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Is it possible to refer to part geometries or outlines in sketches within other parts?

DwightADwightA Member Posts: 5
I have a part which is a type of housing. It will have various other parts from the document connected to it. I would like to be able to reference the outlines (at least) of those parts, without redoing (and duplicating) the part geometries within the housing part. I would also like to avoid spinning all the parts out of one part studio, as this seems counter to the OnShape philosophy. Any quick pointers appreciated; I'm a newbie and suspect there's a solution I'm simply not aware of.

Best Answer

  • nick_papageorge073nick_papageorge073 Member, csevp Posts: 618 PRO
    Answer ✓
    Both are useful to know. When you derive a part into a new part studio, the new part studio will inherit the regeneration performance of the studio the derived part came from. In-context editing does not. So from a performance standpoint of a complicated design, in-context is better.

    Derive is more useful IMO for layout work. Let's say you were designing an office desk phone. It has an overall shape of the base portion and overall shape of the headset portion. Then each of those pieces is split into multiple injection molded pieces that will have a lot of detail added to their insides. One strategy is to do the overall shape and splits in one part studio. Then derive each of those split parts into their own part studio to do all the inside work on each part.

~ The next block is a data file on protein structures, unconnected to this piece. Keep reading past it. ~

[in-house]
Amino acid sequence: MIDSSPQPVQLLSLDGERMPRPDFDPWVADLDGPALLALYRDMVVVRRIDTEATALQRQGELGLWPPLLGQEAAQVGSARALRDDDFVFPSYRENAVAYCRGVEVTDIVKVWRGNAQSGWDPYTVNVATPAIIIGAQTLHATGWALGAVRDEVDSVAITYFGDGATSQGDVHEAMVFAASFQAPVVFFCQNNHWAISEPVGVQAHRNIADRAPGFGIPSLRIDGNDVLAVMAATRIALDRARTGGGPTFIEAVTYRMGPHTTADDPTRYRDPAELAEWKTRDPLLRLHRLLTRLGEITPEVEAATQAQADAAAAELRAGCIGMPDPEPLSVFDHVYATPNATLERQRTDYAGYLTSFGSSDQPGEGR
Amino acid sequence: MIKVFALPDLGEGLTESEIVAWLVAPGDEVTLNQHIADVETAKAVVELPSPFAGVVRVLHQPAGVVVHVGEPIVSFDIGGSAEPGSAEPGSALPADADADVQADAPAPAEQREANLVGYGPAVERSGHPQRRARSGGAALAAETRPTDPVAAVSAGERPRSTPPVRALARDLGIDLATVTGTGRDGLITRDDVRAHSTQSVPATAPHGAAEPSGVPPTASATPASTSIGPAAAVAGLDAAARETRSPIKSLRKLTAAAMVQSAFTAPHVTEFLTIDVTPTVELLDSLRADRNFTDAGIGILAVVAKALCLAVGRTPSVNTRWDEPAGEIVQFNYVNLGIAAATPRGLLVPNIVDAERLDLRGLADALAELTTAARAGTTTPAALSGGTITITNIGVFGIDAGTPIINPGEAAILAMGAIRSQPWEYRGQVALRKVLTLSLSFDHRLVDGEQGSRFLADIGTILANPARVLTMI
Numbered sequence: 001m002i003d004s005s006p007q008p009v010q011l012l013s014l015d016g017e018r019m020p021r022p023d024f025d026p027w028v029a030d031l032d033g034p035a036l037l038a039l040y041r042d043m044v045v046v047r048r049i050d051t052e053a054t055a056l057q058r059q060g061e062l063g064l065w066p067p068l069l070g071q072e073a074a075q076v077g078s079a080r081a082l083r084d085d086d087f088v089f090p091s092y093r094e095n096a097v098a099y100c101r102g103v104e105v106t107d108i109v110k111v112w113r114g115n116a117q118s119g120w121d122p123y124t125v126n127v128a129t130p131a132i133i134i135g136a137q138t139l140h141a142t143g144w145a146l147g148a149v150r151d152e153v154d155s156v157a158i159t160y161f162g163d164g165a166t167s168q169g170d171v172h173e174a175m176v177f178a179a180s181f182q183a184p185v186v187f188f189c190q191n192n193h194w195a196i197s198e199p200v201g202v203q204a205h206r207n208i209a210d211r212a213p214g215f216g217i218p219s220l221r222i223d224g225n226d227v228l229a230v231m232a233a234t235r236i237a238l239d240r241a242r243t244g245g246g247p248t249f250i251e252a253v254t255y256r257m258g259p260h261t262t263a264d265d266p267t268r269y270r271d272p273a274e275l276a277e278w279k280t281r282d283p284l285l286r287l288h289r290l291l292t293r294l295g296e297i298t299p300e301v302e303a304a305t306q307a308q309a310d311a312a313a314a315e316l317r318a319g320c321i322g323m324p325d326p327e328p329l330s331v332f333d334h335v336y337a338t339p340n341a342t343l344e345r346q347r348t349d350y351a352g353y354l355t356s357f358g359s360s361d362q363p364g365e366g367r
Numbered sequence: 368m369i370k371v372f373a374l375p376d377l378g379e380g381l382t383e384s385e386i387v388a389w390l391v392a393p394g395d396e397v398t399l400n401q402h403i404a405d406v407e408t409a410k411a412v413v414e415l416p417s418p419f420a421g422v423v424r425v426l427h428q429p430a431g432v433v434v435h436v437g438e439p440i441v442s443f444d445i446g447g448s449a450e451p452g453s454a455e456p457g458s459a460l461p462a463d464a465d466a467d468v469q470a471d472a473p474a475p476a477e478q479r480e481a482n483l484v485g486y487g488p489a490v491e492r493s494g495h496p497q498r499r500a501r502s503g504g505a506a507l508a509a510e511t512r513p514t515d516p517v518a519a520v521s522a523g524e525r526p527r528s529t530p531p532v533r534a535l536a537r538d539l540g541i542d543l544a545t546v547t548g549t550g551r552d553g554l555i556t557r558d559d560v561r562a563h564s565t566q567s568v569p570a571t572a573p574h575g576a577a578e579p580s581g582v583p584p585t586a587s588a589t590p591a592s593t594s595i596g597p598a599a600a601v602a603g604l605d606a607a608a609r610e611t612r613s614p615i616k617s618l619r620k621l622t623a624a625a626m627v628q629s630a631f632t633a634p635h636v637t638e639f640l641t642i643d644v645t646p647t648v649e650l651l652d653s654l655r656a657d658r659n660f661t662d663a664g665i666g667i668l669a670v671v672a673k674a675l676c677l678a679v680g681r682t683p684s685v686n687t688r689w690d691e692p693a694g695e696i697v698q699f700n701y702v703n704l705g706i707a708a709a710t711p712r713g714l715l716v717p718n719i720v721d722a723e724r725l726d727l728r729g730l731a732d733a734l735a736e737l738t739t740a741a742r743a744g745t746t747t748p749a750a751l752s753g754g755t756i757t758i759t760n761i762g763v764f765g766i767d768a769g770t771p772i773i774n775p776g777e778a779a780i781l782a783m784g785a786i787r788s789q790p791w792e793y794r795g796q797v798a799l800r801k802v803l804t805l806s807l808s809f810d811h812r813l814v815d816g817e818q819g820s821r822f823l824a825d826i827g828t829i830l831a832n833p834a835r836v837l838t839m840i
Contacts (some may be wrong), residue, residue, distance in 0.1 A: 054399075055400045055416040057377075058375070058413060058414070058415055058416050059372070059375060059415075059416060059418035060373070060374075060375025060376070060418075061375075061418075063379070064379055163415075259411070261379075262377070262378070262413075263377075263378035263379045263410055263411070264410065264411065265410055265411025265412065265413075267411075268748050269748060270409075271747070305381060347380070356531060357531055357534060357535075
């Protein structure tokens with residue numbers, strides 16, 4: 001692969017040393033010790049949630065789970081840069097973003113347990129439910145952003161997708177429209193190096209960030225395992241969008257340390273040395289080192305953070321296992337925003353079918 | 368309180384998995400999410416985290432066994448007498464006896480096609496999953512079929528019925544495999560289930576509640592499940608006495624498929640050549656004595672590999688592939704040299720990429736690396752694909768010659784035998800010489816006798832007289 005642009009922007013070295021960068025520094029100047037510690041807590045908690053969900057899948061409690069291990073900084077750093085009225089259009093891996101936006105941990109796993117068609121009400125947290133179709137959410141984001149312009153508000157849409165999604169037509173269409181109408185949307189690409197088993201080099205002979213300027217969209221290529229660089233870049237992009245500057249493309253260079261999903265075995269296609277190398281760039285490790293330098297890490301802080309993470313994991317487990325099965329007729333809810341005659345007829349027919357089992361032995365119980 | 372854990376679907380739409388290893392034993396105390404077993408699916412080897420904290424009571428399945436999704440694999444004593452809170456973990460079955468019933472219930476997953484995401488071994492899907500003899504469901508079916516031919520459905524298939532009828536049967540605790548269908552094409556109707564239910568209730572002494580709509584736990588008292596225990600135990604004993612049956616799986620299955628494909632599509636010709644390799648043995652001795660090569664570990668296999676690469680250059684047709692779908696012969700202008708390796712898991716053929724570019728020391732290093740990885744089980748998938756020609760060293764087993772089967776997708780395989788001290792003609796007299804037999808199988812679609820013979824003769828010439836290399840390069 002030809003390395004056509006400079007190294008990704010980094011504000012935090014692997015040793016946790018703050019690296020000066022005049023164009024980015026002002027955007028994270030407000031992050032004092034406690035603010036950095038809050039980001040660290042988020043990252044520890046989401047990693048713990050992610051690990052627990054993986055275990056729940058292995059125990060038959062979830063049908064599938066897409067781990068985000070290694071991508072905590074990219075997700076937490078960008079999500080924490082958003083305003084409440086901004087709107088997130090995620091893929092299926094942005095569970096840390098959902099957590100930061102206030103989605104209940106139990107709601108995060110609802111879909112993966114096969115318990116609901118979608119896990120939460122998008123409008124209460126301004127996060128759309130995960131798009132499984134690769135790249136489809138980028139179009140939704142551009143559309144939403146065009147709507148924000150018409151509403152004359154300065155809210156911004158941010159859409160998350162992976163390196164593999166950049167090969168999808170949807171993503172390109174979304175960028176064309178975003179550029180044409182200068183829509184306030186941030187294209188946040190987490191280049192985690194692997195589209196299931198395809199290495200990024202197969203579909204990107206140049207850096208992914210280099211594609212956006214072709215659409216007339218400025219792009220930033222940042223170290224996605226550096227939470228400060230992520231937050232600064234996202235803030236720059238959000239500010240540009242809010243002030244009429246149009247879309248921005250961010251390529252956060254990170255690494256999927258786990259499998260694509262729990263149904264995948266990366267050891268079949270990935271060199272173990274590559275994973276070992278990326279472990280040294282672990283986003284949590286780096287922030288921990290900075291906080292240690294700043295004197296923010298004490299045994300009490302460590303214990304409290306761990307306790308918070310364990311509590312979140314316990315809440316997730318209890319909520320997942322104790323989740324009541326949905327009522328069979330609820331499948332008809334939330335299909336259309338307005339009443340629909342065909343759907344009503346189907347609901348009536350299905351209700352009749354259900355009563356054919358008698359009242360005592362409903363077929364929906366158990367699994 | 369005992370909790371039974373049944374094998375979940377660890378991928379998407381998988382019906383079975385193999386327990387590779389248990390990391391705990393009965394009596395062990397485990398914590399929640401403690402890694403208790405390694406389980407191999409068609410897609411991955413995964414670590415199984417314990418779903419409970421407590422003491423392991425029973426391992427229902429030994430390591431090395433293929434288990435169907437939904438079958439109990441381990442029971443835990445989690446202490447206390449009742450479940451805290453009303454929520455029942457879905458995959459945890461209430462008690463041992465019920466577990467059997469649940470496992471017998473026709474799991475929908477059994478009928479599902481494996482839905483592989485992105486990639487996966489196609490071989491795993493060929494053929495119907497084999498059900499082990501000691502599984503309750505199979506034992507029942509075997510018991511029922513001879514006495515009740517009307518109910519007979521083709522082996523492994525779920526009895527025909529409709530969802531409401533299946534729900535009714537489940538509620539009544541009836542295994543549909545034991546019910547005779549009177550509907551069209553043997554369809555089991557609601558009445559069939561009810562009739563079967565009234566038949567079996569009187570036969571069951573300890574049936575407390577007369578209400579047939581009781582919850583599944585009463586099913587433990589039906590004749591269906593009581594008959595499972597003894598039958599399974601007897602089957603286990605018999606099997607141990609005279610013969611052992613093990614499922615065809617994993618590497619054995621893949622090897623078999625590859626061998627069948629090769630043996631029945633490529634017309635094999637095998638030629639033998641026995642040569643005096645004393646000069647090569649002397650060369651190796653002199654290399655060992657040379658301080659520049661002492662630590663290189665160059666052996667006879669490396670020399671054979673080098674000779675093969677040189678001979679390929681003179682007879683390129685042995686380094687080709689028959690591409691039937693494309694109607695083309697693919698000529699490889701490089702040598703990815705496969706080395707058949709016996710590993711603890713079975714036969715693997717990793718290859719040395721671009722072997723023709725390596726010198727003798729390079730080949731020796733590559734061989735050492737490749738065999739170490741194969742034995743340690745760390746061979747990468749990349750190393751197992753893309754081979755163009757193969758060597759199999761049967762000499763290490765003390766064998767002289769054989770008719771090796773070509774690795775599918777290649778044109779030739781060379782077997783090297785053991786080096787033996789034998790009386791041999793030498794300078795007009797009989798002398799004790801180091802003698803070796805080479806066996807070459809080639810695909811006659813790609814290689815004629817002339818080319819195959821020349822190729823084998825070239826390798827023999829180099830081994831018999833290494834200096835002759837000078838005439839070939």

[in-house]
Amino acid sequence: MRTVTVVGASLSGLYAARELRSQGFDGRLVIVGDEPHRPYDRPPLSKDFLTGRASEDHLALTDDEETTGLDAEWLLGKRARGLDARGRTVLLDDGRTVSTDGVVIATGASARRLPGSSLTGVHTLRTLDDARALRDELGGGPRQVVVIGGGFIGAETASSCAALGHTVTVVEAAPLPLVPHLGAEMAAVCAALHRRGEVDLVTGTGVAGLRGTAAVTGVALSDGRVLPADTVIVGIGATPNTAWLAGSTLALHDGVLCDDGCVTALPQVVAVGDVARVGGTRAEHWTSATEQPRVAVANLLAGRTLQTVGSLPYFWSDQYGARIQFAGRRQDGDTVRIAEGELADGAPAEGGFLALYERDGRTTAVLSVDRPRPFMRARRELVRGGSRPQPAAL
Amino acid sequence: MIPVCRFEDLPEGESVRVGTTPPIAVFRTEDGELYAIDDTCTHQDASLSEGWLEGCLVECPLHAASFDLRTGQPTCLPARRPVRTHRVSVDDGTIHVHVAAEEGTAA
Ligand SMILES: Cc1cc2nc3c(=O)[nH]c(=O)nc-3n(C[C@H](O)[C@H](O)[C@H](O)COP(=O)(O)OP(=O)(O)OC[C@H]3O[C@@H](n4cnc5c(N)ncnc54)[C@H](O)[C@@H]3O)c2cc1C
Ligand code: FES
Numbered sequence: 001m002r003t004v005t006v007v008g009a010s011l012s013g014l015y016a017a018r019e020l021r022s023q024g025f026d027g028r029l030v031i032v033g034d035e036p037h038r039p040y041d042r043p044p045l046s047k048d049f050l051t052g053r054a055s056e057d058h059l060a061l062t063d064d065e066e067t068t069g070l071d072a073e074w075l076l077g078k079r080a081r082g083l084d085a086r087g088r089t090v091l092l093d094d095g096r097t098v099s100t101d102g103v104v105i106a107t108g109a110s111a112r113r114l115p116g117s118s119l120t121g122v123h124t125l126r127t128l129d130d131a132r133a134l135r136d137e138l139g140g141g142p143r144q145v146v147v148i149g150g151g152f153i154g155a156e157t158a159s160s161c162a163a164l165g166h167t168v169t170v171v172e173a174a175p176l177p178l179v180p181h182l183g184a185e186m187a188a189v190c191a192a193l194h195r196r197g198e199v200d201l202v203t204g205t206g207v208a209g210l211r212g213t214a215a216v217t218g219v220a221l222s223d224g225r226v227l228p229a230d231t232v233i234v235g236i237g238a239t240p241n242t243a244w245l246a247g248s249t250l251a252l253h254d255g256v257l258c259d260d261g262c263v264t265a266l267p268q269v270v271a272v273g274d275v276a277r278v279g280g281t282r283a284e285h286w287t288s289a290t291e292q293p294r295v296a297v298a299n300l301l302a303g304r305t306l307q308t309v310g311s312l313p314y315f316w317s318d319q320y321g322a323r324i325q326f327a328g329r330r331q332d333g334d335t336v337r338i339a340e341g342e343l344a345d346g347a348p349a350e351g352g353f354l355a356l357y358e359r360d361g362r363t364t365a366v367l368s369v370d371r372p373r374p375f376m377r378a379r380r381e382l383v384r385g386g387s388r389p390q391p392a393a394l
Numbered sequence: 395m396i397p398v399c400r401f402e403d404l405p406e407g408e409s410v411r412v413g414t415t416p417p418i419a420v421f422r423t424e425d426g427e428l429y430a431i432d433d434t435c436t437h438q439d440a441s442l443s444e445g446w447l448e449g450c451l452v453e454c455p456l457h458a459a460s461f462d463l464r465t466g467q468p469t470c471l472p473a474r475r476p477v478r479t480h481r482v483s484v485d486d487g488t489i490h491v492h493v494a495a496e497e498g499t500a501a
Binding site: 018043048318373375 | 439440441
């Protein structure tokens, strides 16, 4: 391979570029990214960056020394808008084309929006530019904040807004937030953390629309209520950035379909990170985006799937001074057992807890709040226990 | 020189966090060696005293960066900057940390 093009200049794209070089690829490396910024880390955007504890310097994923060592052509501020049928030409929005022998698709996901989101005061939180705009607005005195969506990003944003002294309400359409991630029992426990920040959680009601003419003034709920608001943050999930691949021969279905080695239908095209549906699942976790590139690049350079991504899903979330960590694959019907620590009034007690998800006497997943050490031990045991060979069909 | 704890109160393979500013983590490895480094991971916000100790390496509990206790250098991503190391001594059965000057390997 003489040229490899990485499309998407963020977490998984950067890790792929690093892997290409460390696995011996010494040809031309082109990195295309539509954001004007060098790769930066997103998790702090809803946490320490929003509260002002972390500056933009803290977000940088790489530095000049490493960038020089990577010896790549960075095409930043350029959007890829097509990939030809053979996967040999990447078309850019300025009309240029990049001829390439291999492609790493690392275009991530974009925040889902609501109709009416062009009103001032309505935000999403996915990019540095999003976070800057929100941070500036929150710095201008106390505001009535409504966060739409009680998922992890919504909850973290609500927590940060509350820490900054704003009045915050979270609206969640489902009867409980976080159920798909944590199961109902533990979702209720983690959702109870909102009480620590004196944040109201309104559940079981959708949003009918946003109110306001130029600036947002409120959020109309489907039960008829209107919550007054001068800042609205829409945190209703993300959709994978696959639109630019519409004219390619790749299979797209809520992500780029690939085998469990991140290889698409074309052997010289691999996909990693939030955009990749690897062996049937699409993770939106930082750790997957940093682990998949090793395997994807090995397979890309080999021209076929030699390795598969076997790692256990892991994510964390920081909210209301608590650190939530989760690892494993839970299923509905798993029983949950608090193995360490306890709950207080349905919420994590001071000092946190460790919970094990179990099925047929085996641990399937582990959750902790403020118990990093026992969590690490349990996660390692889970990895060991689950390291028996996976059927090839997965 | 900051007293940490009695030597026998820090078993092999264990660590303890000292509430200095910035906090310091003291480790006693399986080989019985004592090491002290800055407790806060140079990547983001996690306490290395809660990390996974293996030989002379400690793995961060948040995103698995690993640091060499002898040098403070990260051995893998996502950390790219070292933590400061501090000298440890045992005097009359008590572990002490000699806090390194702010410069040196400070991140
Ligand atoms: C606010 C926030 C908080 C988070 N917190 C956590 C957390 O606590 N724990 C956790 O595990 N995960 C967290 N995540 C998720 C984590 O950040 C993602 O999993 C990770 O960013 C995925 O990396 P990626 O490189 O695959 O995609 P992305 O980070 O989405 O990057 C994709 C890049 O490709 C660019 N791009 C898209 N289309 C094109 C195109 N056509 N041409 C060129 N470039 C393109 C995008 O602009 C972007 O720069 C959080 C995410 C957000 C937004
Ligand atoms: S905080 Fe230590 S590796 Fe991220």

Answers

  • DwightADwightA Member Posts: 5
    Thanks David. This is very useful to know about. I've also been playing around with Derived and using part outlines with the Offset tool in sketches with some success. Not sure yet when to use one approach vs the other.
  • nick_papageorge073nick_papageorge073 Member, csevp Posts: 618 PRO
    Answer ✓
    Both are useful to know. When you derive a part into a new part studio, the new part studio will inherit the regeneration performance of the studio the derived part came from. In-context editing does not. So from a performance standpoint of a complicated design, in-context is better.

    Derive is more useful IMO for layout work. Let's say you were designing an office desk phone. It has an overall shape of the base portion and overall shape of the headset portion. Then each of those pieces is split into multiple injection molded pieces that will have a lot of detail added to their insides. One strategy is to do the overall shape and splits in one part studio. Then derive each of those split parts into their own part studio to do all the inside work on each part.



  • DwightADwightA Member Posts: 5
    Nick, thanks for the very helpful clarification. Greatly appreciated.
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